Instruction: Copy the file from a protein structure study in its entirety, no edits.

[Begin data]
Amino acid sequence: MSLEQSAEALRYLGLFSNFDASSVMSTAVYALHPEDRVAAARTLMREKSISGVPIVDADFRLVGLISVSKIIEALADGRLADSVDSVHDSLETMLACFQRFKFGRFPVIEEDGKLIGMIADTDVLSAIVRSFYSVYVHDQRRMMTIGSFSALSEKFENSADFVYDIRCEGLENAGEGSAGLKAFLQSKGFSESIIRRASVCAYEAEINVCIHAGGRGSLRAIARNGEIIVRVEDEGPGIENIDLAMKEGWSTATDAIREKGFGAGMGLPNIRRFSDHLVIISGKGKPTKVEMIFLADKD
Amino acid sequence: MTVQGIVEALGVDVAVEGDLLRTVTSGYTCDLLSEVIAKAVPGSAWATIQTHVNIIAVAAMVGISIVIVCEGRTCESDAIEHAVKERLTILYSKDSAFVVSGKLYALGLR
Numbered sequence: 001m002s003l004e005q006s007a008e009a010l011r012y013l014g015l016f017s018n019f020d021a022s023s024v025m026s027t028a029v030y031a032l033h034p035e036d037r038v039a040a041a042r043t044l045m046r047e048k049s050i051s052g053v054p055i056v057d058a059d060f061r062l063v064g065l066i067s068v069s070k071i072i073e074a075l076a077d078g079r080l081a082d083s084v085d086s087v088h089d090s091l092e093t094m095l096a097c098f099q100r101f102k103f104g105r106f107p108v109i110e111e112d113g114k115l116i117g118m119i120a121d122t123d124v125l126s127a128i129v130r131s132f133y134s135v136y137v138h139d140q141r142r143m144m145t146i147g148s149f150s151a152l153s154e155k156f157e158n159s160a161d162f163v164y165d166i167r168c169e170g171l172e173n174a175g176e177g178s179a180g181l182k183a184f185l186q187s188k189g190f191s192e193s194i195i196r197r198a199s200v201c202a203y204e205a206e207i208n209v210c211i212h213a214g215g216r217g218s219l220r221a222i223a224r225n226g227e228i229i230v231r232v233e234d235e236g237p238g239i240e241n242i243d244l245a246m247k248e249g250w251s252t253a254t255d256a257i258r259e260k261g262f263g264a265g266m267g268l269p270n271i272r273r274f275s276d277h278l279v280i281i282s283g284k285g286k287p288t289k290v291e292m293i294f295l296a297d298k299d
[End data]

Amino acid sequence: MSLEQSAEALRYLGLFSNFDASSVMSTAVYALHPEDRVAAARTLMREKSISGVPIVDADFRLVGLISVSKIIEALADGRLADSVDSVHDSLETMLACFQRFKFGRFPVIEEDGKLIGMIADTDVLSAIVRSFYSVYVHDQRRMMTIGSFSALSEKFENSADFVYDIRCEGLENAGEGSAGLKAFLQSKGFSESIIRRASVCAYEAEINVCIHAGGRGSLRAIARNGEIIVRVEDEGPGIENIDLAMKEGWSTATDAIREKGFGAGMGLPNIRRFSDHLVIISGKGKPTKVEMIFLADKD
Amino acid sequence: MTVQGIVEALGVDVAVEGDLLRTVTSGYTCDLLSEVIAKAVPGSAWATIQTHVNIIAVAAMVGISIVIVCEGRTCESDAIEHAVKERLTILYSKDSAFVVSGKLYALGLR
Numbered sequence: 001m002s003l004e005q006s007a008e009a010l011r012y013l014g015l016f017s018n019f020d021a022s023s024v025m026s027t028a029v030y031a032l033h034p035e036d037r038v039a040a041a042r043t044l045m046r047e048k049s050i051s052g053v054p055i056v057d058a059d060f061r062l063v064g065l066i067s068v069s070k071i072i073e074a075l076a077d078g079r080l081a082d083s084v085d086s087v088h089d090s091l092e093t094m095l096a097c098f099q100r101f102k103f104g105r106f107p108v109i110e111e112d113g114k115l116i117g118m119i120a121d122t123d124v125l126s127a128i129v130r131s132f133y134s135v136y137v138h139d140q141r142r143m144m145t146i147g148s149f150s151a152l153s154e155k156f157e158n159s160a161d162f163v164y165d166i167r168c169e170g171l172e173n174a175g176e177g178s179a180g181l182k183a184f185l186q187s188k189g190f191s192e193s194i195i196r197r198a199s200v201c202a203y204e205a206e207i208n209v210c211i212h213a214g215g216r217g218s219l220r221a222i223a224r225n226g227e228i229i230v231r232v233e234d235e236g237p238g239i240e241n242i243d244l245a246m247k248e249g250w251s252t253a254t255d256a257i258r259e260k261g262f263g264a265g266m267g268l269p270n271i272r273r274f275s276d277h278l279v280i281i282s283g284k285g286k287p288t289k290v291e292m293i294f295l296a297d298k299d